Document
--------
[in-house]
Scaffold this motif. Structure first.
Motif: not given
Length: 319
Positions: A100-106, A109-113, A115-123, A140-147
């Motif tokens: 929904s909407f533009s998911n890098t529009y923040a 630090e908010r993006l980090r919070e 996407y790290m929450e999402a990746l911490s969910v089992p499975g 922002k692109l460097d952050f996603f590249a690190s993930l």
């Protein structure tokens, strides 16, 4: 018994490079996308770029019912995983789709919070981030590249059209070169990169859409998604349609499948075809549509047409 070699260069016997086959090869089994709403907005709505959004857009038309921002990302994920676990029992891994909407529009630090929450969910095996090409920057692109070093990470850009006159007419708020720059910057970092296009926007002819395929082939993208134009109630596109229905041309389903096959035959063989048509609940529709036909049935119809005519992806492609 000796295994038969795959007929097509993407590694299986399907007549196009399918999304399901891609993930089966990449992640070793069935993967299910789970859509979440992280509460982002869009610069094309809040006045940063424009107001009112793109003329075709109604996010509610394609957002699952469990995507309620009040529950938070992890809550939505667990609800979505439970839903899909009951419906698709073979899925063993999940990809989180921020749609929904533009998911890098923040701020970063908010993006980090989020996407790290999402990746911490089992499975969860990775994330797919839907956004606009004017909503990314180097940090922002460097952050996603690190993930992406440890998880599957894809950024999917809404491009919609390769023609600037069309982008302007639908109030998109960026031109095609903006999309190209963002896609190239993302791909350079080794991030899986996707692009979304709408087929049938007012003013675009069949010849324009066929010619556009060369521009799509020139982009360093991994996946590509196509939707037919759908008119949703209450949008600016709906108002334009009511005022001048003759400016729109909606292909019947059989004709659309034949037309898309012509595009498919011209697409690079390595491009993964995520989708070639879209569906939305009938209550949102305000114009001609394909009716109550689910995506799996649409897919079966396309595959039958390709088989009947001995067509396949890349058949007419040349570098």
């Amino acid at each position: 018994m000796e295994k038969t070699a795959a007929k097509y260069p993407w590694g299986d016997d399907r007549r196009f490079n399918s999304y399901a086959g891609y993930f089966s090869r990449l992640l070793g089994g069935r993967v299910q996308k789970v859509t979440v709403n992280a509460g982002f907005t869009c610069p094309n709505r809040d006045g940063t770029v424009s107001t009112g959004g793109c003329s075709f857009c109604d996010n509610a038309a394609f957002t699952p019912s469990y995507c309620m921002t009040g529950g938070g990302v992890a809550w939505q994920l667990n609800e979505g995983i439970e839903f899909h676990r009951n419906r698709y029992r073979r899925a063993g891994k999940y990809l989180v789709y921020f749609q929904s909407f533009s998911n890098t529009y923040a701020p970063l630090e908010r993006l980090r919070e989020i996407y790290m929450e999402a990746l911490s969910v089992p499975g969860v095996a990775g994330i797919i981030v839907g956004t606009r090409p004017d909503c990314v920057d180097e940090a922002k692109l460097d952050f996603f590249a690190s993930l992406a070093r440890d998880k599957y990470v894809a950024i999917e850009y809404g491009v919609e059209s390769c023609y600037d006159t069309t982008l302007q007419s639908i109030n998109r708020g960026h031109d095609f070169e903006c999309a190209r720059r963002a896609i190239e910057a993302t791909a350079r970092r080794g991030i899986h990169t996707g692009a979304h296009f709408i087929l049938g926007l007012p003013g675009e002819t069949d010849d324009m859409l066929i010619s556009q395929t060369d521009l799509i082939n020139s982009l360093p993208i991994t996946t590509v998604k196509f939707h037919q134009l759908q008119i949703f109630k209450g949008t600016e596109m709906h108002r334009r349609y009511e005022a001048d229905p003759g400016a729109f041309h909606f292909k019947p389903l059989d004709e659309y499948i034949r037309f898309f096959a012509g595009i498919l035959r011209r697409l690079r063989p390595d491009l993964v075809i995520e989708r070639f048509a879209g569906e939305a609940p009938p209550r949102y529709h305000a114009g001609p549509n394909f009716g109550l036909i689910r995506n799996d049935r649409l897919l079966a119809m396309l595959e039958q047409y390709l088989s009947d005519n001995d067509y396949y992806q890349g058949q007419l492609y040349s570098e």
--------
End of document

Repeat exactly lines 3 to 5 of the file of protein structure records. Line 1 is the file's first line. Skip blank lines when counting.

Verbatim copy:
Motif: not given
Length: 319
Positions: A100-106, A109-113, A115-123, A140-147